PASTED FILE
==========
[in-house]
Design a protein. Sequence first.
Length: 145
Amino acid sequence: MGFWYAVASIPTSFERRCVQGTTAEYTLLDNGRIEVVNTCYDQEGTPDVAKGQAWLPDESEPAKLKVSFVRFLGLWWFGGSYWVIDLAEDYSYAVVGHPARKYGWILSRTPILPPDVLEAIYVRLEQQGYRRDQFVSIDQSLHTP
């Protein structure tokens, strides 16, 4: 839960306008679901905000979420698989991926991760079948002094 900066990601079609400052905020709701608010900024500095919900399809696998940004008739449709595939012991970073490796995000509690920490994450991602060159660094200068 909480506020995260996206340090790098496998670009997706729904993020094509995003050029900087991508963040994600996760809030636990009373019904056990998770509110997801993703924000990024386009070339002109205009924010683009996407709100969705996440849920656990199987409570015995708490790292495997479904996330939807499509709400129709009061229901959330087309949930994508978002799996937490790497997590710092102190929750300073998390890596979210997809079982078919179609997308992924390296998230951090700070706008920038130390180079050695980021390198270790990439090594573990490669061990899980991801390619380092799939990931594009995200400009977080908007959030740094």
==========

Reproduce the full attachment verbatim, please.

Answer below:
[in-house]
Design a protein. Sequence first.
Length: 145
Amino acid sequence: MGFWYAVASIPTSFERRCVQGTTAEYTLLDNGRIEVVNTCYDQEGTPDVAKGQAWLPDESEPAKLKVSFVRFLGLWWFGGSYWVIDLAEDYSYAVVGHPARKYGWILSRTPILPPDVLEAIYVRLEQQGYRRDQFVSIDQSLHTP
């Protein structure tokens, strides 16, 4: 839960306008679901905000979420698989991926991760079948002094 900066990601079609400052905020709701608010900024500095919900399809696998940004008739449709595939012991970073490796995000509690920490994450991602060159660094200068 909480506020995260996206340090790098496998670009997706729904993020094509995003050029900087991508963040994600996760809030636990009373019904056990998770509110997801993703924000990024386009070339002109205009924010683009996407709100969705996440849920656990199987409570015995708490790292495997479904996330939807499509709400129709009061229901959330087309949930994508978002799996937490790497997590710092102190929750300073998390890596979210997809079982078919179609997308992924390296998230951090700070706008920038130390180079050695980021390198270790990439090594573990490669061990899980991801390619380092799939990931594009995200400009977080908007959030740094």